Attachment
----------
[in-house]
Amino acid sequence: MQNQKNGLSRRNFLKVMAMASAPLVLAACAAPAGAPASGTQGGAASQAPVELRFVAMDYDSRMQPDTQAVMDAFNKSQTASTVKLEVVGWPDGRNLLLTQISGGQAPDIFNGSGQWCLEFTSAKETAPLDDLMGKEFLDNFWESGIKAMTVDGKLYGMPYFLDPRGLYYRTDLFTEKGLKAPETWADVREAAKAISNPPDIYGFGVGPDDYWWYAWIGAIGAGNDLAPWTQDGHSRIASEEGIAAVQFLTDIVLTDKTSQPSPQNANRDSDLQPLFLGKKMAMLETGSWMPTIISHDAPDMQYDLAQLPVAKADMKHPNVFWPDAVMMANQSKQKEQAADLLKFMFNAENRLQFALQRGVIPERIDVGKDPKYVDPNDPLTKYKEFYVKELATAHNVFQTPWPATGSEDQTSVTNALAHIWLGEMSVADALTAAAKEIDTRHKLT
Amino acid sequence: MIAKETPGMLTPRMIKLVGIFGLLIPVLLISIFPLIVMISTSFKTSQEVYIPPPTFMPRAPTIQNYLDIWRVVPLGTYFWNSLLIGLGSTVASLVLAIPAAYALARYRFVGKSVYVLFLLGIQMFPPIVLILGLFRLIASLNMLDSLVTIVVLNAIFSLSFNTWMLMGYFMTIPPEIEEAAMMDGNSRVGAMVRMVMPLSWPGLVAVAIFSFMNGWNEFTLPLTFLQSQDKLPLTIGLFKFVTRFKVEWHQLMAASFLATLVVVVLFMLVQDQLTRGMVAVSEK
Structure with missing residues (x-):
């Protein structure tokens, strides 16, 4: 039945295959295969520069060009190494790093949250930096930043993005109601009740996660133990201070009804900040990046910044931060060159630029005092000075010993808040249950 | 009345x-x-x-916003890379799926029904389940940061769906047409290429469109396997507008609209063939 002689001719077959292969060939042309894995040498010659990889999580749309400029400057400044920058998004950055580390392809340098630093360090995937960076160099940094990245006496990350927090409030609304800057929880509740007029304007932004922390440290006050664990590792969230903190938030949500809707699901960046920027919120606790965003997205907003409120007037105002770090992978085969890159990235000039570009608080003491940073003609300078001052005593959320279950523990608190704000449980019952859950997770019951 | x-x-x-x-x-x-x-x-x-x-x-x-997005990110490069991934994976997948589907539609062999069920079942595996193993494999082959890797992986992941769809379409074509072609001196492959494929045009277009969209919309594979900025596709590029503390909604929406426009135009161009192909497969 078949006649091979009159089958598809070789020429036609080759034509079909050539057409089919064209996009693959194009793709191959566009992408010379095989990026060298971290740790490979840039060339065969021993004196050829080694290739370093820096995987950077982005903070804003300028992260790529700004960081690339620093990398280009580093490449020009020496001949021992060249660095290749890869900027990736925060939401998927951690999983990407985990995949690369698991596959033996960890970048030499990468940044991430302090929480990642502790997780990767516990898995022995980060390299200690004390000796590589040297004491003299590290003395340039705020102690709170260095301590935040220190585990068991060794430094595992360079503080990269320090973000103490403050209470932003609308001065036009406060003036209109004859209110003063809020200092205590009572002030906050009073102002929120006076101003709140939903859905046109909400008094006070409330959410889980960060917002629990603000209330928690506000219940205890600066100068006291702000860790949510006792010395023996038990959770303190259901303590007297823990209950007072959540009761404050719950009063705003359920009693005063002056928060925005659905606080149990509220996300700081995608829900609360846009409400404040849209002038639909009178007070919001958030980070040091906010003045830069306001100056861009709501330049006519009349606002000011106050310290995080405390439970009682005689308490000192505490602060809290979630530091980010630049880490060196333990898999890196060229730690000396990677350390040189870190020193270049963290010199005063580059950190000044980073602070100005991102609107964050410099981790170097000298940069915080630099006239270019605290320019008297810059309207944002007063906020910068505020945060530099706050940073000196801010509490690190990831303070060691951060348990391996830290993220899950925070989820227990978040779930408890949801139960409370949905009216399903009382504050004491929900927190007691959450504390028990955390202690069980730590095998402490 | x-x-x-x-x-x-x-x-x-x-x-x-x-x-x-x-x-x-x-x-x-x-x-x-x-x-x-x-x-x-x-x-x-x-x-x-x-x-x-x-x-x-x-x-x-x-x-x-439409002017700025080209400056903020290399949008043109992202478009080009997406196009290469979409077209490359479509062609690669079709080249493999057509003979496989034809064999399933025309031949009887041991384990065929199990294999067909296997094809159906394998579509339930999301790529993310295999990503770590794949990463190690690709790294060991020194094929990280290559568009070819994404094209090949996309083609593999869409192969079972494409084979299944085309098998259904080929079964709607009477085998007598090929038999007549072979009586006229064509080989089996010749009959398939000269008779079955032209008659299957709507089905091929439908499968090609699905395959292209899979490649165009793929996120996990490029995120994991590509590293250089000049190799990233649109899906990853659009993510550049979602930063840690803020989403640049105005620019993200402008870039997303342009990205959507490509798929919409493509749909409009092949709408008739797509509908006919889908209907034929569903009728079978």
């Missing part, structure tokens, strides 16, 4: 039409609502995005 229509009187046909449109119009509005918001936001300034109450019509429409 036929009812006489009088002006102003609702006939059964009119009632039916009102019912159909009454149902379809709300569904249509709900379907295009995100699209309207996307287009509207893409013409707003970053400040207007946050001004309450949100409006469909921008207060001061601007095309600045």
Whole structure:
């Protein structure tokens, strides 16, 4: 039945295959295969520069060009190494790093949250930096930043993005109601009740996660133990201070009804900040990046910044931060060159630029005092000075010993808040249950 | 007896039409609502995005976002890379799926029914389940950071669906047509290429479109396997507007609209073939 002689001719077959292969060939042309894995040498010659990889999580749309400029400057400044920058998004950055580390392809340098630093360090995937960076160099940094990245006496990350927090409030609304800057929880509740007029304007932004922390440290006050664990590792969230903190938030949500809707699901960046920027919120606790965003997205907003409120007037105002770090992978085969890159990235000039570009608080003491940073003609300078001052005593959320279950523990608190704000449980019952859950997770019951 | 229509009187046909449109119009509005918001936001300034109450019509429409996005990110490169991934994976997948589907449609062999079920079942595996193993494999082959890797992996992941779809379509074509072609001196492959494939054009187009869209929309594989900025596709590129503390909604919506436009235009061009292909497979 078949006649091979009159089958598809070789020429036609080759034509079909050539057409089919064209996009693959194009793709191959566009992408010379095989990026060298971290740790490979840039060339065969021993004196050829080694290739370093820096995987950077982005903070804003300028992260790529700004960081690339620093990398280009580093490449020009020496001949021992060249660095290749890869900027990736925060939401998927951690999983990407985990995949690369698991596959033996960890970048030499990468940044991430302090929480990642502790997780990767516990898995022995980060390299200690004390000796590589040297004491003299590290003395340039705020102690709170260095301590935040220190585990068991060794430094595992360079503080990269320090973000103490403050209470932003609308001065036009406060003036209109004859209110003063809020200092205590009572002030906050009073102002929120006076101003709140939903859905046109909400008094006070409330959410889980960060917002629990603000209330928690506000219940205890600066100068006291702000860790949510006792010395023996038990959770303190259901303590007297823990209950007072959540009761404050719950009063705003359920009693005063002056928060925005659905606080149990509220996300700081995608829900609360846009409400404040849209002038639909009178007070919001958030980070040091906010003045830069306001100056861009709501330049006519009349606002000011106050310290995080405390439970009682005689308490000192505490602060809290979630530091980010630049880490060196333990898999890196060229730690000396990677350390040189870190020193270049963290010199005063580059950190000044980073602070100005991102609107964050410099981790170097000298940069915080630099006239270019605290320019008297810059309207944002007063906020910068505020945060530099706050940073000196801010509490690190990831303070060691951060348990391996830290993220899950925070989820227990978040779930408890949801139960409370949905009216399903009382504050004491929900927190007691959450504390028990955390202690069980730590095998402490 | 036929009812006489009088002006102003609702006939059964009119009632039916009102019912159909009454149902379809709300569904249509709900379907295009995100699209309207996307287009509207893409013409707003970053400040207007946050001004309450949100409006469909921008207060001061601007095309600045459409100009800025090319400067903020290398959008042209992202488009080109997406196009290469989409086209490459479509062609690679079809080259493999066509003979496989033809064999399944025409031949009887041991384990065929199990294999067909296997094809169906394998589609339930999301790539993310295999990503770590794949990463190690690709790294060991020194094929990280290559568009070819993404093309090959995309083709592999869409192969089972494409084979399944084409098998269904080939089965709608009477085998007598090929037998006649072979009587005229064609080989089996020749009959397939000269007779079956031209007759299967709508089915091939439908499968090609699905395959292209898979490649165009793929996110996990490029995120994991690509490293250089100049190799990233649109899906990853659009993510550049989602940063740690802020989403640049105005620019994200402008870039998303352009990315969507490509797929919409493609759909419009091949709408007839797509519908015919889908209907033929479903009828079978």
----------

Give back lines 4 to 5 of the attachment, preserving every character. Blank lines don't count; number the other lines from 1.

Structure with missing residues (x-):
């Protein structure tokens, strides 16, 4: 039945295959295969520069060009190494790093949250930096930043993005109601009740996660133990201070009804900040990046910044931060060159630029005092000075010993808040249950 | 009345x-x-x-916003890379799926029904389940940061769906047409290429469109396997507008609209063939 002689001719077959292969060939042309894995040498010659990889999580749309400029400057400044920058998004950055580390392809340098630093360090995937960076160099940094990245006496990350927090409030609304800057929880509740007029304007932004922390440290006050664990590792969230903190938030949500809707699901960046920027919120606790965003997205907003409120007037105002770090992978085969890159990235000039570009608080003491940073003609300078001052005593959320279950523990608190704000449980019952859950997770019951 | x-x-x-x-x-x-x-x-x-x-x-x-997005990110490069991934994976997948589907539609062999069920079942595996193993494999082959890797992986992941769809379409074509072609001196492959494929045009277009969209919309594979900025596709590029503390909604929406426009135009161009192909497969 078949006649091979009159089958598809070789020429036609080759034509079909050539057409089919064209996009693959194009793709191959566009992408010379095989990026060298971290740790490979840039060339065969021993004196050829080694290739370093820096995987950077982005903070804003300028992260790529700004960081690339620093990398280009580093490449020009020496001949021992060249660095290749890869900027990736925060939401998927951690999983990407985990995949690369698991596959033996960890970048030499990468940044991430302090929480990642502790997780990767516990898995022995980060390299200690004390000796590589040297004491003299590290003395340039705020102690709170260095301590935040220190585990068991060794430094595992360079503080990269320090973000103490403050209470932003609308001065036009406060003036209109004859209110003063809020200092205590009572002030906050009073102002929120006076101003709140939903859905046109909400008094006070409330959410889980960060917002629990603000209330928690506000219940205890600066100068006291702000860790949510006792010395023996038990959770303190259901303590007297823990209950007072959540009761404050719950009063705003359920009693005063002056928060925005659905606080149990509220996300700081995608829900609360846009409400404040849209002038639909009178007070919001958030980070040091906010003045830069306001100056861009709501330049006519009349606002000011106050310290995080405390439970009682005689308490000192505490602060809290979630530091980010630049880490060196333990898999890196060229730690000396990677350390040189870190020193270049963290010199005063580059950190000044980073602070100005991102609107964050410099981790170097000298940069915080630099006239270019605290320019008297810059309207944002007063906020910068505020945060530099706050940073000196801010509490690190990831303070060691951060348990391996830290993220899950925070989820227990978040779930408890949801139960409370949905009216399903009382504050004491929900927190007691959450504390028990955390202690069980730590095998402490 | x-x-x-x-x-x-x-x-x-x-x-x-x-x-x-x-x-x-x-x-x-x-x-x-x-x-x-x-x-x-x-x-x-x-x-x-x-x-x-x-x-x-x-x-x-x-x-x-439409002017700025080209400056903020290399949008043109992202478009080009997406196009290469979409077209490359479509062609690669079709080249493999057509003979496989034809064999399933025309031949009887041991384990065929199990294999067909296997094809159906394998579509339930999301790529993310295999990503770590794949990463190690690709790294060991020194094929990280290559568009070819994404094209090949996309083609593999869409192969079972494409084979299944085309098998259904080929079964709607009477085998007598090929038999007549072979009586006229064509080989089996010749009959398939000269008779079955032209008659299957709507089905091929439908499968090609699905395959292209899979490649165009793929996120996990490029995120994991590509590293250089000049190799990233649109899906990853659009993510550049979602930063840690803020989403640049105005620019993200402008870039997303342009990205959507490509798929919409493509749909409009092949709408008739797509509908006919889908209907034929569903009728079978």